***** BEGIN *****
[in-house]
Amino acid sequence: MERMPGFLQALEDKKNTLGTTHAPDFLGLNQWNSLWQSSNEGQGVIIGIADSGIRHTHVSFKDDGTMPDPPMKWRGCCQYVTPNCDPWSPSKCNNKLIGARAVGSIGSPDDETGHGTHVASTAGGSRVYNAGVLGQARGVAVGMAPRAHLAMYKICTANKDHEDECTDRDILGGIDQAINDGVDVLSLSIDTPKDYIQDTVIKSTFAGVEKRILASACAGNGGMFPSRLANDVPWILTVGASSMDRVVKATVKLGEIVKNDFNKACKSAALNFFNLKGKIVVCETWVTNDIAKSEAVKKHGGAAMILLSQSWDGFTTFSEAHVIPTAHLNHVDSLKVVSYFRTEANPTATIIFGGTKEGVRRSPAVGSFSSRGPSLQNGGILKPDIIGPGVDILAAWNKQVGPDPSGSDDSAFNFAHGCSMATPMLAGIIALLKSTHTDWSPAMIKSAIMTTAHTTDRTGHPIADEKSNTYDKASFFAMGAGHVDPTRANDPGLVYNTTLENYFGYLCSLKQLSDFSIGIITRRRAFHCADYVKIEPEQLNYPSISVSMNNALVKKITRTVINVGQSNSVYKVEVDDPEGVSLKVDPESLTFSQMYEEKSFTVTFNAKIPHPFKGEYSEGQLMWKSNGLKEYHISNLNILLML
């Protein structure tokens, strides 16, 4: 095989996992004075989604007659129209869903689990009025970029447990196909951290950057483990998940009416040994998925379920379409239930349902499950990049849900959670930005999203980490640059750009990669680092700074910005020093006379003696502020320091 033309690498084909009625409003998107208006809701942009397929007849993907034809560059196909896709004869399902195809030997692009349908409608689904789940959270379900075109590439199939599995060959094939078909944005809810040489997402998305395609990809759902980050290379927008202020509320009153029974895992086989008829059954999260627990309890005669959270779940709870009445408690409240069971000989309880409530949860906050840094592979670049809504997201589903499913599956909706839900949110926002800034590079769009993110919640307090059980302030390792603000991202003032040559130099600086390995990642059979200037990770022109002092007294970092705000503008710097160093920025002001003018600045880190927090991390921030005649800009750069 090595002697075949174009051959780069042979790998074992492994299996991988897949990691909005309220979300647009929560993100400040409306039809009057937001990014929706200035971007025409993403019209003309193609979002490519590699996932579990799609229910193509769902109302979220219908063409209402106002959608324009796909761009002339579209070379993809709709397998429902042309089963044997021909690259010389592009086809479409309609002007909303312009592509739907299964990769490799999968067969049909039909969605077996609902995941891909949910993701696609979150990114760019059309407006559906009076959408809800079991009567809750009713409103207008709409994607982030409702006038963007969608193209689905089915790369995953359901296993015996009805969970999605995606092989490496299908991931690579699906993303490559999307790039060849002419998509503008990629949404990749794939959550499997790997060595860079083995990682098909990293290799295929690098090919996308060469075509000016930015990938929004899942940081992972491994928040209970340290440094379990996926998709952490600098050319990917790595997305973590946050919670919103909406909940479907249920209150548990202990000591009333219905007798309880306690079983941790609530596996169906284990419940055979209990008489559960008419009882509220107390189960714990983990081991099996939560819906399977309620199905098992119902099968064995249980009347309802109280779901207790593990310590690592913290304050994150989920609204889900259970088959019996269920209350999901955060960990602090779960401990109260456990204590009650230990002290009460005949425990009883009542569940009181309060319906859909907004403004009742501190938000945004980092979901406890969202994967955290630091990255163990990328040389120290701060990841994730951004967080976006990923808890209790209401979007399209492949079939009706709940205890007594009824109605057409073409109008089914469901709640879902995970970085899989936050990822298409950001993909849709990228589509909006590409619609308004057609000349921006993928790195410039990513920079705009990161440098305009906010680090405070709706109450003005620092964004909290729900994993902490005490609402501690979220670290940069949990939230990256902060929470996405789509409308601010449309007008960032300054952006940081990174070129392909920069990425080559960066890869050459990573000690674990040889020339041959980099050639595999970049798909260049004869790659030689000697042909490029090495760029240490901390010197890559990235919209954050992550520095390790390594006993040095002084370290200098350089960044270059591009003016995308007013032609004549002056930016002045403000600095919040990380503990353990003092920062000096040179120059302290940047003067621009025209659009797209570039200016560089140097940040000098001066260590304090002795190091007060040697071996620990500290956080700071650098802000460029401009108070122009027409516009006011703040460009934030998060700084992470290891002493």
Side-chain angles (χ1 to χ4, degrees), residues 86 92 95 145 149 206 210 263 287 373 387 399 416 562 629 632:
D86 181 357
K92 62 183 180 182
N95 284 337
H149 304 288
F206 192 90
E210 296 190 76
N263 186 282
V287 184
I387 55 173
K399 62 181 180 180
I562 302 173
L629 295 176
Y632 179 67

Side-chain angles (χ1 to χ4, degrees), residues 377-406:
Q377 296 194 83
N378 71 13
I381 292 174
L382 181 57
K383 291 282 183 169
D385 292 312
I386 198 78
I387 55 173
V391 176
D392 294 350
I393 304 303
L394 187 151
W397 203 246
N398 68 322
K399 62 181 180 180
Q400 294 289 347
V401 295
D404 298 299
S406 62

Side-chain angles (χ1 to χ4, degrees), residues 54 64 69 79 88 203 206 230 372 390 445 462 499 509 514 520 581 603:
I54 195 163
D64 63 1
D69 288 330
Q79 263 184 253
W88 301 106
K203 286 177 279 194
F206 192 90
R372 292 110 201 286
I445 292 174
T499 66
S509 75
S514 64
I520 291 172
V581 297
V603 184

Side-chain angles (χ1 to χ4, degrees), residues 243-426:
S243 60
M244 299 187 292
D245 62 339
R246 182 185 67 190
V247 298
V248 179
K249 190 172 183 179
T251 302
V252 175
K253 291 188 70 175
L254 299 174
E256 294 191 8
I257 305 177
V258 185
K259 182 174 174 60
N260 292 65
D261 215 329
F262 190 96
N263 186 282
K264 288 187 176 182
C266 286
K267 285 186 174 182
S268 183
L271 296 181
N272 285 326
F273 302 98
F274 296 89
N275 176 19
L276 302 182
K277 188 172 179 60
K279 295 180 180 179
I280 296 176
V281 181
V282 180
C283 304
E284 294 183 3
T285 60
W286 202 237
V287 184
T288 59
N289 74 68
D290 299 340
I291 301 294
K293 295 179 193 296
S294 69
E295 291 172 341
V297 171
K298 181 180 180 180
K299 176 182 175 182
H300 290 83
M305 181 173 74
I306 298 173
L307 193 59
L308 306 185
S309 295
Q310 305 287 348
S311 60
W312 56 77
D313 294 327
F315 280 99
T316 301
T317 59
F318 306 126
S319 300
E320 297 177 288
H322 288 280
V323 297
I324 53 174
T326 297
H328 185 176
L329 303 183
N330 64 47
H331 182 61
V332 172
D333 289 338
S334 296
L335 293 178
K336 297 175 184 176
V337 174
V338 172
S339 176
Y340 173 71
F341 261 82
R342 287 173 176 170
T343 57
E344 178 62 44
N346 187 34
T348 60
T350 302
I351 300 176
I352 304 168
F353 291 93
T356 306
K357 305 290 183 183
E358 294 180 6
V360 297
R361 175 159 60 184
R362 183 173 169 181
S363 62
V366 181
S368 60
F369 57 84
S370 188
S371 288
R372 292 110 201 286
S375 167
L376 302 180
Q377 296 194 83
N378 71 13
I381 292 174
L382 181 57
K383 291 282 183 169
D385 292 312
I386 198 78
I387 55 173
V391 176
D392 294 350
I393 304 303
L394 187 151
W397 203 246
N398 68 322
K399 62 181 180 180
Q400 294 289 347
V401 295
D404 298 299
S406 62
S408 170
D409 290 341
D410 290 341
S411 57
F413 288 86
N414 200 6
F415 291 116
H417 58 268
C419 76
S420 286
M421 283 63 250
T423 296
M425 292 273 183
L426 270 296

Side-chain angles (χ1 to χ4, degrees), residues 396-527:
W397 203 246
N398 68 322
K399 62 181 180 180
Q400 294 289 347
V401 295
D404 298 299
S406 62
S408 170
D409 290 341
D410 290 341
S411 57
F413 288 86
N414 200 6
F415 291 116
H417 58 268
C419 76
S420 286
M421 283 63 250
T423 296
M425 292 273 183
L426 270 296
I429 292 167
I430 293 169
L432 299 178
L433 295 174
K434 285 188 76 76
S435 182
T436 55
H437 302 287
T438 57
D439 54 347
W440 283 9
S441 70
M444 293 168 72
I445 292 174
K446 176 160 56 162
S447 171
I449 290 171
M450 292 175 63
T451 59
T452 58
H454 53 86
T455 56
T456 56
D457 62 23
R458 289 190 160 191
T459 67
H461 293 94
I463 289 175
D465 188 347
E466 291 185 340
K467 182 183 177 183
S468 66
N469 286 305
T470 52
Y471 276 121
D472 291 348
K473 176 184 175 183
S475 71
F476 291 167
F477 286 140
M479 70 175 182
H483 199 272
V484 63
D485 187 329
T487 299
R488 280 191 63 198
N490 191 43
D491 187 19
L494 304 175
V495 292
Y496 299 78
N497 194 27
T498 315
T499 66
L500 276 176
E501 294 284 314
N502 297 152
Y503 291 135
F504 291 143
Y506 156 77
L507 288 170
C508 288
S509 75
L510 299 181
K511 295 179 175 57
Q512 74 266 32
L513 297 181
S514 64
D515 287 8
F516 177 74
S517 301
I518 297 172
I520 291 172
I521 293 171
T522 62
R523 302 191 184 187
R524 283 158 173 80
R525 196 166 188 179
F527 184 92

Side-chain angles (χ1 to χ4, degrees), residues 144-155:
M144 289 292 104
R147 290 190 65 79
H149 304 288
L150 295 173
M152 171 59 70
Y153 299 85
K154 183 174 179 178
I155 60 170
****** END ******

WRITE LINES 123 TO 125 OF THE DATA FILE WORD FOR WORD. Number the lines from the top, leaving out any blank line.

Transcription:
T326 297
H328 185 176
L329 303 183